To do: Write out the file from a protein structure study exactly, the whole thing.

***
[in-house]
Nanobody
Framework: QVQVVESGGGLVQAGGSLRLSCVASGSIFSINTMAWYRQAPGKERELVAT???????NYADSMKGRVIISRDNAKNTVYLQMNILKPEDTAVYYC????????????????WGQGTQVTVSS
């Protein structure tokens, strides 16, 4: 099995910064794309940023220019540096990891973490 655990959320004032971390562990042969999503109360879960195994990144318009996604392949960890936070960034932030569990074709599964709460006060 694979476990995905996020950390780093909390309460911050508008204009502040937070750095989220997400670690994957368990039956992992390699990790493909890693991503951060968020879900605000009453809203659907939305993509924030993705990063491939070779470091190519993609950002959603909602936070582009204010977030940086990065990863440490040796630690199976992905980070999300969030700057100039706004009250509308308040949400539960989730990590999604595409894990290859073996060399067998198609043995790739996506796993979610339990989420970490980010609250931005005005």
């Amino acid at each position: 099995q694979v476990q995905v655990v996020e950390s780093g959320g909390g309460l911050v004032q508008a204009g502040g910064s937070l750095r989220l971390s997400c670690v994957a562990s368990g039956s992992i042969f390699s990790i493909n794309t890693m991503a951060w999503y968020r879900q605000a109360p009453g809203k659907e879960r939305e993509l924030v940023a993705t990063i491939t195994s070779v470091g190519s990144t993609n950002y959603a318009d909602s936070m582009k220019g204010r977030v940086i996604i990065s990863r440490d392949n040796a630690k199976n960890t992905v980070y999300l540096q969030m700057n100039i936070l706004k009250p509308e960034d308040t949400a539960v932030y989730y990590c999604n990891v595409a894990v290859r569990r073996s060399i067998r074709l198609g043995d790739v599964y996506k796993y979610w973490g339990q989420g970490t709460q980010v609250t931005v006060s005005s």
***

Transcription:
[in-house]
Nanobody
Framework: QVQVVESGGGLVQAGGSLRLSCVASGSIFSINTMAWYRQAPGKERELVAT???????NYADSMKGRVIISRDNAKNTVYLQMNILKPEDTAVYYC????????????????WGQGTQVTVSS
């Protein structure tokens, strides 16, 4: 099995910064794309940023220019540096990891973490 655990959320004032971390562990042969999503109360879960195994990144318009996604392949960890936070960034932030569990074709599964709460006060 694979476990995905996020950390780093909390309460911050508008204009502040937070750095989220997400670690994957368990039956992992390699990790493909890693991503951060968020879900605000009453809203659907939305993509924030993705990063491939070779470091190519993609950002959603909602936070582009204010977030940086990065990863440490040796630690199976992905980070999300969030700057100039706004009250509308308040949400539960989730990590999604595409894990290859073996060399067998198609043995790739996506796993979610339990989420970490980010609250931005005005």
């Amino acid at each position: 099995q694979v476990q995905v655990v996020e950390s780093g959320g909390g309460l911050v004032q508008a204009g502040g910064s937070l750095r989220l971390s997400c670690v994957a562990s368990g039956s992992i042969f390699s990790i493909n794309t890693m991503a951060w999503y968020r879900q605000a109360p009453g809203k659907e879960r939305e993509l924030v940023a993705t990063i491939t195994s070779v470091g190519s990144t993609n950002y959603a318009d909602s936070m582009k220019g204010r977030v940086i996604i990065s990863r440490d392949n040796a630690k199976n960890t992905v980070y999300l540096q969030m700057n100039i936070l706004k009250p509308e960034d308040t949400a539960v932030y989730y990590c999604n990891v595409a894990v290859r569990r073996s060399i067998r074709l198609g043995d790739v599964y996506k796993y979610w973490g339990q989420g970490t709460q980010v609250t931005v006060s005005s």